Ihe plot to keep you guessing, which
Is after all. about the main thing In
mystery stories sod besides three
striking female participants In un-
ravelling of Ihe puzzle
The Higher Patriotism
The International InHorm Sunday School
The Higher Patriotism. Jonah 1:1-3; 3:1-*; 4:1-11.
Patriotism Is recognized by all
thoughtful people as among the
highest qualities Certainly no true,
happy or effective society can be
established without It, for If the In-
stitutions or government of ones
country were such that one could
not respect. It would be the task of
true patriotism to seek to establish
those Institutions upon a worthier
Either In loyalty to those Institu-
tions or In consecrated purpose to
make the institutions what they
ought to be, patriotism Is the su-
preme foundation and quality of
good citizenship, and, therefore, of
social life Itself; far the highest
Ideal of citizenship Is nothing more
than the highest Ideal of establish-
ing right relationships man with
The famous Dr. Johnson defined
patriotism as "the last refuge of a
scoundrel." But manifestly he was
speaking In Irony of the sham pat-
riotism and hypocrisy which makes
profession of a noble loyalty and
Ideal the occasion for serving selfish
We Have Oar Share
We have seen a great deal of that
short of sham patriotism In the
world of late. It has not been con-
fined to any one country, and we
have had our full share of It right
here In the American democracy. It
was most evident during the war
when some were sacrificing all that
they had to give for their country
while others In that very period of
tragedy and sacrifice were taking
advantage of the occasion for their
own aggrandizement, either In
wealth or In position.
While men were dying at the
front, these sham patriots were
profiteering at home, and where
laborers dared or threatened to go
on strike and were put down with
a firm hand, the people who em-
ployed them were allowed to build
up enormous profits.
No true patriot loves his country
to the prejudice of other countries
and nations. No true patriot will
uphold In hts own life, or In society,
or In the body politics, things that
sre against the higher laws of Ood.
unless his belief In God as the up-
holder of the world and ss the
source of the higher life of human-
ity Is Itself a sham.
The man elected to be president In Inculcate.
Lnaen far November M.
the act of taking office make* oath
before God that he will observe the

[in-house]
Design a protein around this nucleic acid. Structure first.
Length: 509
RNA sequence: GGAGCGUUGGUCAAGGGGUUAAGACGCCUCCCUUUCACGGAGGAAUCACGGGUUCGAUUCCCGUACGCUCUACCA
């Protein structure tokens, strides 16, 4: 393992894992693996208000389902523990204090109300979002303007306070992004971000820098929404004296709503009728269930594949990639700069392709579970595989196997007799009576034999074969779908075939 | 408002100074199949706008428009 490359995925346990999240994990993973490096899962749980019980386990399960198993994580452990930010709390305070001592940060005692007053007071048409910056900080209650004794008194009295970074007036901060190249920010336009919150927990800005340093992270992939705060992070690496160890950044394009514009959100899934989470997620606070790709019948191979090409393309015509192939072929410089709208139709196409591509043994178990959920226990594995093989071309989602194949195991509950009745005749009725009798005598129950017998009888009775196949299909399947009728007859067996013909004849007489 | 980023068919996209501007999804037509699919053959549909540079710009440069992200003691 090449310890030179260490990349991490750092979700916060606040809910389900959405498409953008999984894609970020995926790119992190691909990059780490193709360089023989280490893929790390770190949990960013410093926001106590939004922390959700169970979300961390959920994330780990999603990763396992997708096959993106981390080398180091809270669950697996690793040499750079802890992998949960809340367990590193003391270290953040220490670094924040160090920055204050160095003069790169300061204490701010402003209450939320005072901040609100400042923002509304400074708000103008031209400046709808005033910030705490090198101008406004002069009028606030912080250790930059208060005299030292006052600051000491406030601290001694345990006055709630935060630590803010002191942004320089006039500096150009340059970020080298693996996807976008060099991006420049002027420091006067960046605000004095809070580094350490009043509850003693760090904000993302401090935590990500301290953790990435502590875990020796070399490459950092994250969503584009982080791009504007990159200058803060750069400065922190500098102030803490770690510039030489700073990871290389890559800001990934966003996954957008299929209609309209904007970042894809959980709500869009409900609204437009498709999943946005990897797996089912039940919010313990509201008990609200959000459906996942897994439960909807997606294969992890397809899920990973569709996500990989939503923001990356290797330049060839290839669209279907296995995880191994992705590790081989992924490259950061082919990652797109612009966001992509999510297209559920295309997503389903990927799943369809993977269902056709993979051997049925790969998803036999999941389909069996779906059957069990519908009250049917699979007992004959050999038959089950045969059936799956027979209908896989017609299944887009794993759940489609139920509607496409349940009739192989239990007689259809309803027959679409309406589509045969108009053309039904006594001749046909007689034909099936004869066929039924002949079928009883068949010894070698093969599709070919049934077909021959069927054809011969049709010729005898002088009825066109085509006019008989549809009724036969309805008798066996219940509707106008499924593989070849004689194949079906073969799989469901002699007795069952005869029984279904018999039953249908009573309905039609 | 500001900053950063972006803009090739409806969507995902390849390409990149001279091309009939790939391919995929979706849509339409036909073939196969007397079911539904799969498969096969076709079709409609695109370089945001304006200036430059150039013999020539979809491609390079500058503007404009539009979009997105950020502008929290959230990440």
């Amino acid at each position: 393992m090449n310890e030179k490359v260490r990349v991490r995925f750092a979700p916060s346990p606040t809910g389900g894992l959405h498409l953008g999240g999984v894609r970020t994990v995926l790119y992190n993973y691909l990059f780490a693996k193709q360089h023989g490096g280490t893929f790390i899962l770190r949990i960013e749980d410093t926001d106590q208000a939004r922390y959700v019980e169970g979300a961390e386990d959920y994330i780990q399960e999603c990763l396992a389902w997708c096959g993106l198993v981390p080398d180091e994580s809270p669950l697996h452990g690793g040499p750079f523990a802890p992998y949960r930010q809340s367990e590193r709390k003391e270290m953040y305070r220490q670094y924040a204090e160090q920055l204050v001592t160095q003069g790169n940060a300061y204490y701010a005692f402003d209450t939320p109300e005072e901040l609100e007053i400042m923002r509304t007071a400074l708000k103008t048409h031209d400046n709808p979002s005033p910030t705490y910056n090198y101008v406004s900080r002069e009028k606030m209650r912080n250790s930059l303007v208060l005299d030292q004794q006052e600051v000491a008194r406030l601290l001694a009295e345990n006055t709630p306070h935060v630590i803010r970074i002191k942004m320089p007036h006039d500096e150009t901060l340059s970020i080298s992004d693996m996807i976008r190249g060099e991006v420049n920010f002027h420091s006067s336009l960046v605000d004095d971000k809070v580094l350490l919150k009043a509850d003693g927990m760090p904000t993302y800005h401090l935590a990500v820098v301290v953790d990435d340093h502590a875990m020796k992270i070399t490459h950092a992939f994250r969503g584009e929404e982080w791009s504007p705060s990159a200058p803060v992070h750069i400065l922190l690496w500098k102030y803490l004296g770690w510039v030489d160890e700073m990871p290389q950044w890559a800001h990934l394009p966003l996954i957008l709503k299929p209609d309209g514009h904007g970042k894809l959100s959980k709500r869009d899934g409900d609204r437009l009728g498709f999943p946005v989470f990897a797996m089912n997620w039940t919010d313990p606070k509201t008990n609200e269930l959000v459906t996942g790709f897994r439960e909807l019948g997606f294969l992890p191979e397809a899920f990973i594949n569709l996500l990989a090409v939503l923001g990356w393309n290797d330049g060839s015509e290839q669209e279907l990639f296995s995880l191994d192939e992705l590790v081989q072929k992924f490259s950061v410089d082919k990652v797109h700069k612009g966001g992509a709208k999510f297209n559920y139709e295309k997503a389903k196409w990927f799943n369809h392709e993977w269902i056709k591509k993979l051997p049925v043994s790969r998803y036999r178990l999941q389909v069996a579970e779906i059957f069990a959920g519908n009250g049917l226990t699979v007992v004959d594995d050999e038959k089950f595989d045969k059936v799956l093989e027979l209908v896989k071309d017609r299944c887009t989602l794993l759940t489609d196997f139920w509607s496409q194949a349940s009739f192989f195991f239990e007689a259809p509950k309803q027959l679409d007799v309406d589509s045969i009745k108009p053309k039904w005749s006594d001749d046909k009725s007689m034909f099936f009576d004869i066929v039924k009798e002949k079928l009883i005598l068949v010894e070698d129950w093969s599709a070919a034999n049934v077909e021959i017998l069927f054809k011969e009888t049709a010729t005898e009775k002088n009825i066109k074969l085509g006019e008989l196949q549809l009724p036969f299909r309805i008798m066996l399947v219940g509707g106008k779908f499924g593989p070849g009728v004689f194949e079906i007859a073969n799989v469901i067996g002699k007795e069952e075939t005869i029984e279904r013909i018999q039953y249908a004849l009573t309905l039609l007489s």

laws and constitution, thereby recog-
nizing that Ood himself la above the
government to which he swears al-
legiance. Even In the navy, set for
the defense of the country against
possible enemies. It has been the.
custom In the hour of divine servlet
to elrvste above the national em-
blrm the white flag bearing the
crons, thereby signifying that Ood Is
over all, and that the supreme alle-
giance Is to him. A nation that puta
Ita patriotism upon any lower plane
Is a nation doomed to the narrow
and wrong way that leads to disas-
Increasing oar patriotism
The discovery that the Ood whom
wc worship Is the Ood of the whole
world, the father of all men, Is one
that brings a great broadening of
the sense of privilege and duty. But
Just as mart loves his wife none the
less because* of a high regard for all
women In Ijeneral, so patriotism la
never weakened but Is only siren-
gthened by the growth of a man's
soul In love' and righteousness.
It I* the plitriotlsm of noble mlnd-
edness of Ini ger vision and of warm
and grateful hearts enlarged In
righteousness and truth that makes
a nation trtily great. This Is the
patriotism which our lesson strives to
Here’s what’s next.
This issue can be searched. Note: Results may vary based on the legibility of text within the document.
Tools / Downloads
Get a copy of this page or view the extracted text.
Citing and Sharing
Basic information for referencing this web page. We also provide extended guidance on usage rights, references, copying or embedding.
Reference the current page of this Newspaper.
Cooper, Albert. The Shamrock Texan (Shamrock, Tex.), Vol. 26, No. 60, Ed. 1 Wednesday, November 20, 1929, newspaper, November 20, 1929; Shamrock, Texas. (texashistory.unt.edu/ark:/67531/metapth528980/m1/2/: accessed September 25, 2018), University of North Texas Libraries, The Portal to Texas History, texashistory.unt.edu; crediting Shamrock Public Library.